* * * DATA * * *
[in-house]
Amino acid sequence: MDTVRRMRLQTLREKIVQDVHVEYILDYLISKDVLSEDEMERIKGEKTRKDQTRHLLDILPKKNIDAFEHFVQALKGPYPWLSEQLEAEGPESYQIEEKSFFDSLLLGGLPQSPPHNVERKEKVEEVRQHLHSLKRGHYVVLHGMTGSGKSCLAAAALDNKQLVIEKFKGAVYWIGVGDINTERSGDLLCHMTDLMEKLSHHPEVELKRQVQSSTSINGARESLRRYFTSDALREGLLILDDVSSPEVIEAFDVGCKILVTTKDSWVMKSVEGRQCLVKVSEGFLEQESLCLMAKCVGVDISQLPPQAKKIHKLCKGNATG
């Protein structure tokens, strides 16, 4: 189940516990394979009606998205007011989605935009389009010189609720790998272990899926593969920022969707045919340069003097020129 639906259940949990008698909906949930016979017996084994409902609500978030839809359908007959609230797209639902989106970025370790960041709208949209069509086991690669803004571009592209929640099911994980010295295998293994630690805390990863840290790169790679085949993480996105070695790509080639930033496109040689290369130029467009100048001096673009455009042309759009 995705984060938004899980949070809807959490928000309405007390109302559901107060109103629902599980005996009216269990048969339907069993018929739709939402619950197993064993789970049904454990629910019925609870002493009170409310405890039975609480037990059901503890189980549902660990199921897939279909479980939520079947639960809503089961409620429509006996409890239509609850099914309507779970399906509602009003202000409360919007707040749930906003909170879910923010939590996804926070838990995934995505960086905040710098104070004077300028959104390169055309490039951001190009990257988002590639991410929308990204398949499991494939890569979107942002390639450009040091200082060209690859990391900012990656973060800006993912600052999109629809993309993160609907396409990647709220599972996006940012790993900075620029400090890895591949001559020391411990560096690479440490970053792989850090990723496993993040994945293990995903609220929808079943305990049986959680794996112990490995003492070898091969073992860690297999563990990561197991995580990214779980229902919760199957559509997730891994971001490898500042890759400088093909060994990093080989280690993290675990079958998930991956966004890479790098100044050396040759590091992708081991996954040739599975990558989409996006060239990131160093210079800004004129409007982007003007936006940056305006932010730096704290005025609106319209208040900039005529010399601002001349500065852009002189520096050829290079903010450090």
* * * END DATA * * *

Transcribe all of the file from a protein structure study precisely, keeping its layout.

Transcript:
[in-house]
Amino acid sequence: MDTVRRMRLQTLREKIVQDVHVEYILDYLISKDVLSEDEMERIKGEKTRKDQTRHLLDILPKKNIDAFEHFVQALKGPYPWLSEQLEAEGPESYQIEEKSFFDSLLLGGLPQSPPHNVERKEKVEEVRQHLHSLKRGHYVVLHGMTGSGKSCLAAAALDNKQLVIEKFKGAVYWIGVGDINTERSGDLLCHMTDLMEKLSHHPEVELKRQVQSSTSINGARESLRRYFTSDALREGLLILDDVSSPEVIEAFDVGCKILVTTKDSWVMKSVEGRQCLVKVSEGFLEQESLCLMAKCVGVDISQLPPQAKKIHKLCKGNATG
């Protein structure tokens, strides 16, 4: 189940516990394979009606998205007011989605935009389009010189609720790998272990899926593969920022969707045919340069003097020129 639906259940949990008698909906949930016979017996084994409902609500978030839809359908007959609230797209639902989106970025370790960041709208949209069509086991690669803004571009592209929640099911994980010295295998293994630690805390990863840290790169790679085949993480996105070695790509080639930033496109040689290369130029467009100048001096673009455009042309759009 995705984060938004899980949070809807959490928000309405007390109302559901107060109103629902599980005996009216269990048969339907069993018929739709939402619950197993064993789970049904454990629910019925609870002493009170409310405890039975609480037990059901503890189980549902660990199921897939279909479980939520079947639960809503089961409620429509006996409890239509609850099914309507779970399906509602009003202000409360919007707040749930906003909170879910923010939590996804926070838990995934995505960086905040710098104070004077300028959104390169055309490039951001190009990257988002590639991410929308990204398949499991494939890569979107942002390639450009040091200082060209690859990391900012990656973060800006993912600052999109629809993309993160609907396409990647709220599972996006940012790993900075620029400090890895591949001559020391411990560096690479440490970053792989850090990723496993993040994945293990995903609220929808079943305990049986959680794996112990490995003492070898091969073992860690297999563990990561197991995580990214779980229902919760199957559509997730891994971001490898500042890759400088093909060994990093080989280690993290675990079958998930991956966004890479790098100044050396040759590091992708081991996954040739599975990558989409996006060239990131160093210079800004004129409007982007003007936006940056305006932010730096704290005025609106319209208040900039005529010399601002001349500065852009002189520096050829290079903010450090």